How glaucoma medication works

I recently wrote about the diagnosis of glaucoma and readers were then asking about how their eye drops for the condition work.

The raised pressure within the eye that defines glaucoma and can cause optic nerve damage can be lowered through surgery problematic cases that do not respond to drugs but eyedrops containing one of a range of medications is the first line treatment. Despite the risks to one’s sight, apparently patient compliance with medication is low in many cases.

  • Prostaglandin analogues, such as latanoprost (Xalatan), bimatoprost (Lumigan) and travoprost (Travatan), increase the rate of fluid outflow from the aqueous humor to lower pressure. Bimatoprost also increases trabecular outflow.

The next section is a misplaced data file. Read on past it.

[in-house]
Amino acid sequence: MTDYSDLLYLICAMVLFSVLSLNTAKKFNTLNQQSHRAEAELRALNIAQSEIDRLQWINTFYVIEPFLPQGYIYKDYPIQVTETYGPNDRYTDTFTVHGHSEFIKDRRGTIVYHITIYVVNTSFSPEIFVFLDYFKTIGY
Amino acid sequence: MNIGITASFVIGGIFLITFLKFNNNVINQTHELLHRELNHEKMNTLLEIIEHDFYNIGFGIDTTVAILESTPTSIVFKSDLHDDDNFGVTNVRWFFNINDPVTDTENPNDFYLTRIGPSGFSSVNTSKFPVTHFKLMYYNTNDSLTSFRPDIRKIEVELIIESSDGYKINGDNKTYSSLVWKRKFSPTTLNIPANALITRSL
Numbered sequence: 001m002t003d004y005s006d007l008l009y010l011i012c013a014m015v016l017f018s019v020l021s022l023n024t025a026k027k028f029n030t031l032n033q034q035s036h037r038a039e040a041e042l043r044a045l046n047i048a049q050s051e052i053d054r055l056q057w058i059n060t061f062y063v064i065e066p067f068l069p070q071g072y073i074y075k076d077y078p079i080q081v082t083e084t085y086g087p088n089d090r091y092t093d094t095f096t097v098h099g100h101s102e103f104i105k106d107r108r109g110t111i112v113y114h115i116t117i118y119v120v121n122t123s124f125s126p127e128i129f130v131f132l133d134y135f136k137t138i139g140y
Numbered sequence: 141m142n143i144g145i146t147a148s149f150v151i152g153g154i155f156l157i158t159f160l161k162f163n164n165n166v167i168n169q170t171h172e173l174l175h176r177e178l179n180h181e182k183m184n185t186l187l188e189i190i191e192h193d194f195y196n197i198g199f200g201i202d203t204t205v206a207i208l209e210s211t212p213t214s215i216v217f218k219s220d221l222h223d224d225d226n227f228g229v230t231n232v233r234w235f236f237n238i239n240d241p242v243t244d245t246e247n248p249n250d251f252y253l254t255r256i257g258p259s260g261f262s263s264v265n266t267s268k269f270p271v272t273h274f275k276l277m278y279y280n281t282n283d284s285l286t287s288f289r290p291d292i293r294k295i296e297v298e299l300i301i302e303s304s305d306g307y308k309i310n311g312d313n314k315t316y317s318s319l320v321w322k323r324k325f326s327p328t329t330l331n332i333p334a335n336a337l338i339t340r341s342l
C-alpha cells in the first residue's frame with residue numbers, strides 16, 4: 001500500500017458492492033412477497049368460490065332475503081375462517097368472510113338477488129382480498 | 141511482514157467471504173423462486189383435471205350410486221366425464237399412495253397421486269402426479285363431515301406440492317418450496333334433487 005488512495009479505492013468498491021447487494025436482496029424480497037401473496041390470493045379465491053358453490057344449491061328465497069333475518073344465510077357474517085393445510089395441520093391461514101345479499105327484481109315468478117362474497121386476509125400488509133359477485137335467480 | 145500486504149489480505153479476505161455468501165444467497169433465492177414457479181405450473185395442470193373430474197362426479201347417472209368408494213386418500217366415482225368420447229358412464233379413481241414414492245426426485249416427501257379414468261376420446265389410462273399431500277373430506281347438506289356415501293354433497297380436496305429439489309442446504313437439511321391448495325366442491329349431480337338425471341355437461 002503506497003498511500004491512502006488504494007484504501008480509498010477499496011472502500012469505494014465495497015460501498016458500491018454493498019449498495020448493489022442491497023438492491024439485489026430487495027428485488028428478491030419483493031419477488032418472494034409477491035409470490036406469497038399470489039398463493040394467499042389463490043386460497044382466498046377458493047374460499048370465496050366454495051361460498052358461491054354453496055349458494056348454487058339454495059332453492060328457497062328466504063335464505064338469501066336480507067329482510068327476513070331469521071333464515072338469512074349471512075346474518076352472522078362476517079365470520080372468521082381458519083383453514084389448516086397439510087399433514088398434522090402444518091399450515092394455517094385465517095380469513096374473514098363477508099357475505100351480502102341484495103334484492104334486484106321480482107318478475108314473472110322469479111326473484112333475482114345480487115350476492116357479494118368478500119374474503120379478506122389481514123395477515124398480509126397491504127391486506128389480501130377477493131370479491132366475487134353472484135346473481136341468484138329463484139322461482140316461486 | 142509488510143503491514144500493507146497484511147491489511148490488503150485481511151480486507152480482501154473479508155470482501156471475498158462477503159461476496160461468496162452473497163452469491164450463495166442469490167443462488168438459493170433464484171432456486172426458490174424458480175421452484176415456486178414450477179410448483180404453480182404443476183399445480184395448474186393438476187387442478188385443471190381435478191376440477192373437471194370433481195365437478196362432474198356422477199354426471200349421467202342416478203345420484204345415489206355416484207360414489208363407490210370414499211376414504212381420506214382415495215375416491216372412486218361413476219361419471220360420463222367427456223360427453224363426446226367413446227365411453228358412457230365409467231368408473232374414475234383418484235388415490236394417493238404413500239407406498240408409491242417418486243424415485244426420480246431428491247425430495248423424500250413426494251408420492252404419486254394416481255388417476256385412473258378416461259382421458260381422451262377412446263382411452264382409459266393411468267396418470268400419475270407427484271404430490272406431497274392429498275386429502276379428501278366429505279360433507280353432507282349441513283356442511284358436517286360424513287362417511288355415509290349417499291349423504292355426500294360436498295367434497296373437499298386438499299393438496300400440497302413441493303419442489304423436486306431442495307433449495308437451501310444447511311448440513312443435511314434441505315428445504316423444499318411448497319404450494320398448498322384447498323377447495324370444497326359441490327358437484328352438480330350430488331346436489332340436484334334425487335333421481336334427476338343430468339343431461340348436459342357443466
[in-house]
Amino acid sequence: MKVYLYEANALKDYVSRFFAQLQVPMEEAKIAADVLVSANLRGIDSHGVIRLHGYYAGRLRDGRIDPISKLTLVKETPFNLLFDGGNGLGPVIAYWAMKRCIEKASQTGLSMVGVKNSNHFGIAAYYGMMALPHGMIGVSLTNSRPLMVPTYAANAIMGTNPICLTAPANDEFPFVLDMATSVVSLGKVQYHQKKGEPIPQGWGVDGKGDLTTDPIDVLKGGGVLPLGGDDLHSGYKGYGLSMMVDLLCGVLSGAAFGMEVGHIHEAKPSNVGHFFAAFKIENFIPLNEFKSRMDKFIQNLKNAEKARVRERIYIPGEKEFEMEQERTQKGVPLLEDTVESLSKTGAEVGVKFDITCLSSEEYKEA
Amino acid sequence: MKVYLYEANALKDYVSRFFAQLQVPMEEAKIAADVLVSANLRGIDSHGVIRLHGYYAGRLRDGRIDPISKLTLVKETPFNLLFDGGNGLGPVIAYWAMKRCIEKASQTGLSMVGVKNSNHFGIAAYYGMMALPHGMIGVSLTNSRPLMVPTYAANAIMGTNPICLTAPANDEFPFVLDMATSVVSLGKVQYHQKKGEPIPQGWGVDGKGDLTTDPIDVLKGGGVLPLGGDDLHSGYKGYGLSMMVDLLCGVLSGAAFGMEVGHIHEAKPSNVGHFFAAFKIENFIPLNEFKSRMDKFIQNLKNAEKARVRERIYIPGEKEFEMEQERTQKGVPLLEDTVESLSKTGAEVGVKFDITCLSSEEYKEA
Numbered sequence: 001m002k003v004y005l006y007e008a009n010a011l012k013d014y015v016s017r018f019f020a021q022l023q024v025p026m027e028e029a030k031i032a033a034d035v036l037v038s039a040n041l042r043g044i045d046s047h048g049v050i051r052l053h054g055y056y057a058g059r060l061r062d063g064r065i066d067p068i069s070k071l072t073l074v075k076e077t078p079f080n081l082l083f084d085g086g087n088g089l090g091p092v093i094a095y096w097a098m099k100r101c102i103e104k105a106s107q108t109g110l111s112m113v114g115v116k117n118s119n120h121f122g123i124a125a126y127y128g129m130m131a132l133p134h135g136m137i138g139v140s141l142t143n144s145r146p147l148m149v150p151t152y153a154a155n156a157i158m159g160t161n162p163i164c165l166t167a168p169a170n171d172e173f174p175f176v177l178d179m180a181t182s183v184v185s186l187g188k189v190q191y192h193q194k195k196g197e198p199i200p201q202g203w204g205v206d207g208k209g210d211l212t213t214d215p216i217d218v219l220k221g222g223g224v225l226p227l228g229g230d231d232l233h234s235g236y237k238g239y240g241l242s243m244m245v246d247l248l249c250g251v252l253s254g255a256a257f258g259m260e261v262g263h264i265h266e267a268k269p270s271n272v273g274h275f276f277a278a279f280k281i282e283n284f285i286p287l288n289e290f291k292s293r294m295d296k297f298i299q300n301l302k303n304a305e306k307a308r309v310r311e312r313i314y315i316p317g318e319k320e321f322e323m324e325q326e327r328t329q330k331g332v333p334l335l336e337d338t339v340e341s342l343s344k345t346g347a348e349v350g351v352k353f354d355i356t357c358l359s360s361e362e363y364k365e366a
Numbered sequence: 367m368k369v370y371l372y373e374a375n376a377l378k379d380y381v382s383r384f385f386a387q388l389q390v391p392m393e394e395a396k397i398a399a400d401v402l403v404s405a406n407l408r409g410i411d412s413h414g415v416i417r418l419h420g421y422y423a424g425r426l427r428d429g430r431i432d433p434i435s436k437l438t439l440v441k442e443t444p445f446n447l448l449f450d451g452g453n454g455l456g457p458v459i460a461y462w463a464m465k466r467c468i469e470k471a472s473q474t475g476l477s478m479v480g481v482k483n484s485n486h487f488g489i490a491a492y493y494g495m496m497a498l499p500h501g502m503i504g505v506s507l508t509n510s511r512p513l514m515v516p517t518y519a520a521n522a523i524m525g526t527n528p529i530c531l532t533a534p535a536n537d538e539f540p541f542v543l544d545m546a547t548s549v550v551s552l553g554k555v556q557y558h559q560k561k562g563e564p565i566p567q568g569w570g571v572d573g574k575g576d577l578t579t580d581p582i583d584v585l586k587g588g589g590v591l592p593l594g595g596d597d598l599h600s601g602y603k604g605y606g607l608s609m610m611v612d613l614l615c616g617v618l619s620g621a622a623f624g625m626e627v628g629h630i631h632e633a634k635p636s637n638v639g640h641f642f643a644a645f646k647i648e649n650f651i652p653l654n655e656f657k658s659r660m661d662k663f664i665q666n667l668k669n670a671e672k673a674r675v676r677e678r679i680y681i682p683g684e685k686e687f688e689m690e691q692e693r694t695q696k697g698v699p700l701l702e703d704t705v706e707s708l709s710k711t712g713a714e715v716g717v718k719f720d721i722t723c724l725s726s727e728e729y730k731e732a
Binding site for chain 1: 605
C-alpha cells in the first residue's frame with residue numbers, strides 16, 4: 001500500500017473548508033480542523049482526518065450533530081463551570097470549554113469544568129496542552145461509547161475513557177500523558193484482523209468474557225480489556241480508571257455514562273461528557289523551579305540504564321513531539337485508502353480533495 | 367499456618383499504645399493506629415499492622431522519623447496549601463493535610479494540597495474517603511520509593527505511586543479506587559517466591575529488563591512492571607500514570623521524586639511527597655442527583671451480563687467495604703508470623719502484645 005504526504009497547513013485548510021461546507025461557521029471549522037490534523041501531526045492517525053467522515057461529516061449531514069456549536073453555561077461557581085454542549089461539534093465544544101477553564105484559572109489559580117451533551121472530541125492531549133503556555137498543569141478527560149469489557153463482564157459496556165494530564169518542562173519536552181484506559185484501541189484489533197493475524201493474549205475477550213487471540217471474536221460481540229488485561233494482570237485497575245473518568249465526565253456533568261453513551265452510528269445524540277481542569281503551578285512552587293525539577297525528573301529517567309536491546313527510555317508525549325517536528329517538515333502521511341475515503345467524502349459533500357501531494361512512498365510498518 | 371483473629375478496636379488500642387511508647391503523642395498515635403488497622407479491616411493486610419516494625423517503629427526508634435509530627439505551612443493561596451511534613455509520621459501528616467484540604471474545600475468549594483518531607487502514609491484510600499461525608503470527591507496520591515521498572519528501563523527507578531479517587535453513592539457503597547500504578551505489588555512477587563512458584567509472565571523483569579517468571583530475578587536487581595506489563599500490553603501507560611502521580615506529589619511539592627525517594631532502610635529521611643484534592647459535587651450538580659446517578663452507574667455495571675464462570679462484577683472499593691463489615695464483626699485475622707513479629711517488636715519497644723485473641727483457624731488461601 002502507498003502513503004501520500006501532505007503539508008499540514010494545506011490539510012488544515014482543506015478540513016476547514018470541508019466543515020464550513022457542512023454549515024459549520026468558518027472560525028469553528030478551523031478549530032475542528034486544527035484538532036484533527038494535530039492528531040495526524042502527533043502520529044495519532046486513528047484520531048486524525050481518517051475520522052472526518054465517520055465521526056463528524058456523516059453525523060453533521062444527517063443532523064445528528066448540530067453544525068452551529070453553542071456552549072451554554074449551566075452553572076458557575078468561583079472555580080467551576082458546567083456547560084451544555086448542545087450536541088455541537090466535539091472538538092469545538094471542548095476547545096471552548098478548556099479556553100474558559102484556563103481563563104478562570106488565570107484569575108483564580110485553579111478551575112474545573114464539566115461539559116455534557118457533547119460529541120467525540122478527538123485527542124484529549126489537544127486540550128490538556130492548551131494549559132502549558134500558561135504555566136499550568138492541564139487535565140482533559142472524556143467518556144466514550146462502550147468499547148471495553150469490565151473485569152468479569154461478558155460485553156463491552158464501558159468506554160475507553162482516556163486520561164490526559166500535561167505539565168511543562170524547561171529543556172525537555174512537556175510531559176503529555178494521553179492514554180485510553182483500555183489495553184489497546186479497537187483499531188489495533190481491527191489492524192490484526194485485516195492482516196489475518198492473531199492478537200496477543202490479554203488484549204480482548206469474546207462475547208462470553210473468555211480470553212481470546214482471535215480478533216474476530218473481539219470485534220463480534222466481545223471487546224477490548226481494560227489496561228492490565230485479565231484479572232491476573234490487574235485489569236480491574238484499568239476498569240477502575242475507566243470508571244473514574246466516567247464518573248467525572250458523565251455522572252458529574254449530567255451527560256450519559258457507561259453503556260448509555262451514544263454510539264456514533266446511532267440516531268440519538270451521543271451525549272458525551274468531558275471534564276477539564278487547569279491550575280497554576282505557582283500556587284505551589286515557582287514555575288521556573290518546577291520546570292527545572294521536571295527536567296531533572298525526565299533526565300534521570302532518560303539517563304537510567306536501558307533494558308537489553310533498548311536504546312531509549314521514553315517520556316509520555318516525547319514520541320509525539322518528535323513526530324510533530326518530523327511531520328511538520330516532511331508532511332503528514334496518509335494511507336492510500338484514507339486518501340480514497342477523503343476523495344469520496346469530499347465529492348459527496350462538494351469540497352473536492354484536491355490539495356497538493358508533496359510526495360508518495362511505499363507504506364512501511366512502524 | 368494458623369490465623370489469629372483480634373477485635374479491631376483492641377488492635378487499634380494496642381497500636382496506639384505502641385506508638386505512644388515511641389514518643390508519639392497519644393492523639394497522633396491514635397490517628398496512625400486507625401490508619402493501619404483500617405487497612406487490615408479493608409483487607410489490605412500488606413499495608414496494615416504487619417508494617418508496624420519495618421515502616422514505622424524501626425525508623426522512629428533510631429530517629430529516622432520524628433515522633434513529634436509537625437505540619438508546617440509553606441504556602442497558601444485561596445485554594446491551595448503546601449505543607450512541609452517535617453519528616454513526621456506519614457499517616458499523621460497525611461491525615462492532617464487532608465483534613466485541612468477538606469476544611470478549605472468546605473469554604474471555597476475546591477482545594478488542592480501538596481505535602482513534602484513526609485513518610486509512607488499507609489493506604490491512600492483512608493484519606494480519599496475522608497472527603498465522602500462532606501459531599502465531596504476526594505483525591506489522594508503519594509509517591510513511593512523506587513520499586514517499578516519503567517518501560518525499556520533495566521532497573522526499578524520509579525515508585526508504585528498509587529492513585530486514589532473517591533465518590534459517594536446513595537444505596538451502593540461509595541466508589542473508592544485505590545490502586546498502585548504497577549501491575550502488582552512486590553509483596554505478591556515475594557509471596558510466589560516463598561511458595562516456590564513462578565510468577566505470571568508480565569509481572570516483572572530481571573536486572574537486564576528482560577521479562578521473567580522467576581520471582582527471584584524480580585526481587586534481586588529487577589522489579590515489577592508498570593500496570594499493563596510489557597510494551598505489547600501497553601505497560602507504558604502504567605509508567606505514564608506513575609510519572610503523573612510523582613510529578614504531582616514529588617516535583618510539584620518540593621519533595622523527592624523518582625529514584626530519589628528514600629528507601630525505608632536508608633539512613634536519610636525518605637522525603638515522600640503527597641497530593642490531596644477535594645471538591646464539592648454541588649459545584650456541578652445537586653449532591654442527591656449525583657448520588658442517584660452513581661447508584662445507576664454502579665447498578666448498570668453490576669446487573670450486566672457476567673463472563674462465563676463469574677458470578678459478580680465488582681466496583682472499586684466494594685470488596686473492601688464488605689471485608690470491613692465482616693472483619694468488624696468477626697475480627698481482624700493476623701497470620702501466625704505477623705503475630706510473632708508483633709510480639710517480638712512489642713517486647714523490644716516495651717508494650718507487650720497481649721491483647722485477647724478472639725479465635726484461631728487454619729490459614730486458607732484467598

• Topical beta-adrenergic receptor antagonists, such as timolol, levobunolol (Betagan), and betaxolol, decrease aqueous humor production to lower pressure.
  • Alpha2-adrenergic agonists, such as brimonidine (Alphagan) and apraclonidine, work by a dual mechanism, decreasing aqueous humor production and increasing outflow.
  • Less-selective alpha agonists, such as epinephrine, decrease aqueous humor production through vasoconstriction of blood vessels.

Other compounds used in glaucoma include: epinephrines, miotic agents, such as pilocarpine, the acetylcholinesterase inhibitor echothiophate is used in chronic glaucoma, dorzolamide (Trusopt), brinzolamide (Azopt), and acetazolamide (Diamox) and physostigmine.

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